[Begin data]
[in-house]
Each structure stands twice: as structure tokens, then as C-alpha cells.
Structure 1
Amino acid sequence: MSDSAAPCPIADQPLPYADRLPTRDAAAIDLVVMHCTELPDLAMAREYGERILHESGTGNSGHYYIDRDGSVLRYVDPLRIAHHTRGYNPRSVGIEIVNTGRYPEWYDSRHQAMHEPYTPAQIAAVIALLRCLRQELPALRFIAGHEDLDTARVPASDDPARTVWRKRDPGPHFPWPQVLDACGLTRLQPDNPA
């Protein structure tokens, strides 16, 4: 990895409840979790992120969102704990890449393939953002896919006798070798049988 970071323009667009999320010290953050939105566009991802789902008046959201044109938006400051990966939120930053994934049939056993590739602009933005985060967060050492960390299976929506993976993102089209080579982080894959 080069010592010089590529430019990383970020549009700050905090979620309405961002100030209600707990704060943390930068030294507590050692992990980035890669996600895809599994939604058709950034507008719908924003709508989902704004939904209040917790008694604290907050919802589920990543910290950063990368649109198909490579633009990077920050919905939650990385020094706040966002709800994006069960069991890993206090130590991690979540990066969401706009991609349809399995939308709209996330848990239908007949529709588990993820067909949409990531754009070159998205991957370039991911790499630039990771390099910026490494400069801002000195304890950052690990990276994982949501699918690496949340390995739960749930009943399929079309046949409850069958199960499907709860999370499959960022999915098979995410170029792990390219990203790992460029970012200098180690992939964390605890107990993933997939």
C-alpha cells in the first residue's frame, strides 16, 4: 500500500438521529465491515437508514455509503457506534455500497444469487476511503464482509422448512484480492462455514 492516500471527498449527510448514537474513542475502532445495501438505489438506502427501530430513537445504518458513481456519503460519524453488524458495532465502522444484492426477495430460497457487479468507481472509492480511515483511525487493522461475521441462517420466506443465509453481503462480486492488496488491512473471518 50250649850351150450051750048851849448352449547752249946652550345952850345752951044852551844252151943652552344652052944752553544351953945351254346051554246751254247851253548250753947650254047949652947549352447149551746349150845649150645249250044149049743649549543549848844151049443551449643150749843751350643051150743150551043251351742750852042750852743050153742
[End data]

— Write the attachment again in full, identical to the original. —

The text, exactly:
[in-house]
Each structure stands twice: as structure tokens, then as C-alpha cells.
Structure 1
Amino acid sequence: MSDSAAPCPIADQPLPYADRLPTRDAAAIDLVVMHCTELPDLAMAREYGERILHESGTGNSGHYYIDRDGSVLRYVDPLRIAHHTRGYNPRSVGIEIVNTGRYPEWYDSRHQAMHEPYTPAQIAAVIALLRCLRQELPALRFIAGHEDLDTARVPASDDPARTVWRKRDPGPHFPWPQVLDACGLTRLQPDNPA
């Protein structure tokens, strides 16, 4: 990895409840979790992120969102704990890449393939953002896919006798070798049988 970071323009667009999320010290953050939105566009991802789902008046959201044109938006400051990966939120930053994934049939056993590739602009933005985060967060050492960390299976929506993976993102089209080579982080894959 080069010592010089590529430019990383970020549009700050905090979620309405961002100030209600707990704060943390930068030294507590050692992990980035890669996600895809599994939604058709950034507008719908924003709508989902704004939904209040917790008694604290907050919802589920990543910290950063990368649109198909490579633009990077920050919905939650990385020094706040966002709800994006069960069991890993206090130590991690979540990066969401706009991609349809399995939308709209996330848990239908007949529709588990993820067909949409990531754009070159998205991957370039991911790499630039990771390099910026490494400069801002000195304890950052690990990276994982949501699918690496949340390995739960749930009943399929079309046949409850069958199960499907709860999370499959960022999915098979995410170029792990390219990203790992460029970012200098180690992939964390605890107990993933997939």
C-alpha cells in the first residue's frame, strides 16, 4: 500500500438521529465491515437508514455509503457506534455500497444469487476511503464482509422448512484480492462455514 492516500471527498449527510448514537474513542475502532445495501438505489438506502427501530430513537445504518458513481456519503460519524453488524458495532465502522444484492426477495430460497457487479468507481472509492480511515483511525487493522461475521441462517420466506443465509453481503462480486492488496488491512473471518 50250649850351150450051750048851849448352449547752249946652550345952850345752951044852551844252151943652552344652052944752553544351953945351254346051554246751254247851253548250753947650254047949652947549352447149551746349150845649150645249250044149049743649549543549848844151049443551449643150749843751350643051150743150551043251351742750852042750852743050153742